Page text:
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This paper deals with a number of possibilities for creditors of a time charterer, who has become insolvent, to obtain recovery of their claims. Holders of a charterers’ bill of lading might try to make a claim in tort against the vessel owner or find some other grounds to arrest the carrying vessel. The unpaid shipowner might try to exercise a lien on the cargo or on the sub-freight. These possibilities will be explored. In these instances the law applicable to the bill of lading contract may be important. In this connection attention is paid to the question whether the Rome I and Rome II Regulations apply to such a contract. Finally, some observations are made with respect to jurisdiction under the Brussels I Regulation. Special attention is given to jurisdiction clauses in bills of lading.
I would like to deal with the subject of property-related claims on the basis of the following example. As often occurs these days, the time charterer of a vessel becomes insolvent and the creditors of the time charterer are looking for ways to obtain payment of their claims. What are the possibilities open to these creditors to obtain payment of their claims, apart from making a claim against the trustee or receiver in bankruptcy? I will first address the position of ordinary creditors and bill of lading holders, following which I will consider the position of the shipowner. In the second part of the article I will address the question whether Rome I1 and Rome II2 govern the law applicable to bills of lading. Finally, I will look at some jurisdictional problems. The examples given below of property-related claims will show that the term comprises various aspects.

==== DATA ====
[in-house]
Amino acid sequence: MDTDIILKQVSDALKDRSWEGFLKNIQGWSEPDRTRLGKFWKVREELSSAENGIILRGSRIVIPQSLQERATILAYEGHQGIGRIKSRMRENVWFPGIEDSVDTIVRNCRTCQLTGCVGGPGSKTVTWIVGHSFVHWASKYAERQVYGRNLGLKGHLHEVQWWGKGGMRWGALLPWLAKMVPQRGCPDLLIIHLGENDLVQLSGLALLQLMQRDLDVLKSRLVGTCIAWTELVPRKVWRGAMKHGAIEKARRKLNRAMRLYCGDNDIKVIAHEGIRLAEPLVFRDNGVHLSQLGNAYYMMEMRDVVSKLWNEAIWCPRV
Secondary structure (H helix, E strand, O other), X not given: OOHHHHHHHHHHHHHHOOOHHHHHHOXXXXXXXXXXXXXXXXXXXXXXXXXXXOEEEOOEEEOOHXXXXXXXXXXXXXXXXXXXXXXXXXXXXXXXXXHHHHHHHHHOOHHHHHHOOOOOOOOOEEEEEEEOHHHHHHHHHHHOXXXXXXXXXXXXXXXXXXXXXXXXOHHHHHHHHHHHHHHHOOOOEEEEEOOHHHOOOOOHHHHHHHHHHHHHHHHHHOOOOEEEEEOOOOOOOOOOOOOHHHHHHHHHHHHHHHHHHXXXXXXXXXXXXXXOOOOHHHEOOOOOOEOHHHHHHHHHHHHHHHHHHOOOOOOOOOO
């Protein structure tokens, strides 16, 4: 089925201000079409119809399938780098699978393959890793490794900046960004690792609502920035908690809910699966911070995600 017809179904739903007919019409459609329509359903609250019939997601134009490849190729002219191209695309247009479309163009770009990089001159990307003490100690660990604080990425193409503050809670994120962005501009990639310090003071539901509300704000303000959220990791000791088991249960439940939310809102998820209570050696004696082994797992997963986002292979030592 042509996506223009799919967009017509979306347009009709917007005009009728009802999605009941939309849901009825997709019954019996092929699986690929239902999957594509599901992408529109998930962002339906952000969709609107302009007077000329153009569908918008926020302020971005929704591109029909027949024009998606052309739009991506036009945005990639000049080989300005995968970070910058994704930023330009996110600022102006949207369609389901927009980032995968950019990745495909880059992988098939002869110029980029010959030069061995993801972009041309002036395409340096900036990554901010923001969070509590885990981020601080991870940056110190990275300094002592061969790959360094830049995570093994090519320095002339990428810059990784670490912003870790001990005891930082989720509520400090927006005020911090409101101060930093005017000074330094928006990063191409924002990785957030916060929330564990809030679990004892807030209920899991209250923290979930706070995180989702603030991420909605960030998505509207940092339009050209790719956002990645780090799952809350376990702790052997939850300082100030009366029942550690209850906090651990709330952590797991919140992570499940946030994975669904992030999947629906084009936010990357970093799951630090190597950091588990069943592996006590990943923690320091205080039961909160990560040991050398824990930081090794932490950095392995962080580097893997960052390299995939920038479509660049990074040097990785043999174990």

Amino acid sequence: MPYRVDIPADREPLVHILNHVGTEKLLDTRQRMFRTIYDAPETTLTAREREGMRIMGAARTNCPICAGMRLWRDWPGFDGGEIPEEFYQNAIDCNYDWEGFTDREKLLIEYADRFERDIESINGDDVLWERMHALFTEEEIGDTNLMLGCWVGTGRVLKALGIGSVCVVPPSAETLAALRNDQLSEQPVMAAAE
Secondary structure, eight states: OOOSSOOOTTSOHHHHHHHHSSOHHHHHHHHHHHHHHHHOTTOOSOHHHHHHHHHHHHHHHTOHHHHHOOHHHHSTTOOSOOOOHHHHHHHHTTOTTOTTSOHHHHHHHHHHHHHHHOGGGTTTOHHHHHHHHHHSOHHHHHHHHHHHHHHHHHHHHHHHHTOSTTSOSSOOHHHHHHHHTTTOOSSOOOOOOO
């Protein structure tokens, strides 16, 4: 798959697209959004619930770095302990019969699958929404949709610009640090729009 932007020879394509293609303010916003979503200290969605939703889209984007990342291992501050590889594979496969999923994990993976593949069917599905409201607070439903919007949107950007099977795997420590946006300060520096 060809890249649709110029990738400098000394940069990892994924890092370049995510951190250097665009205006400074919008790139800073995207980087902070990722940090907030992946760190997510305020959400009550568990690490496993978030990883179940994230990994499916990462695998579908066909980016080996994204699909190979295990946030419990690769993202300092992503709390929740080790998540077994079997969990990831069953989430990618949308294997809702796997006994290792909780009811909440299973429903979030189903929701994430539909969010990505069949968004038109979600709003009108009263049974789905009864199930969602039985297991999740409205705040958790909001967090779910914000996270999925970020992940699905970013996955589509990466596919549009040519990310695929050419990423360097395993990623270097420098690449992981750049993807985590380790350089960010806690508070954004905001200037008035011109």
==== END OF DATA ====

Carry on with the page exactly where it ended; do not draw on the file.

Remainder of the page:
2. Claims by ordinary creditors of time charterers
Ordinary creditors, such as the suppliers of bunkers and equipment, may try to arrest the bunkers on board the vessel. Under Dutch law they are entitled to arrest the bunkers on board the vessel, provided that these bunkers belong to the charterers. What is the law applicable to the ownership of the bunkers?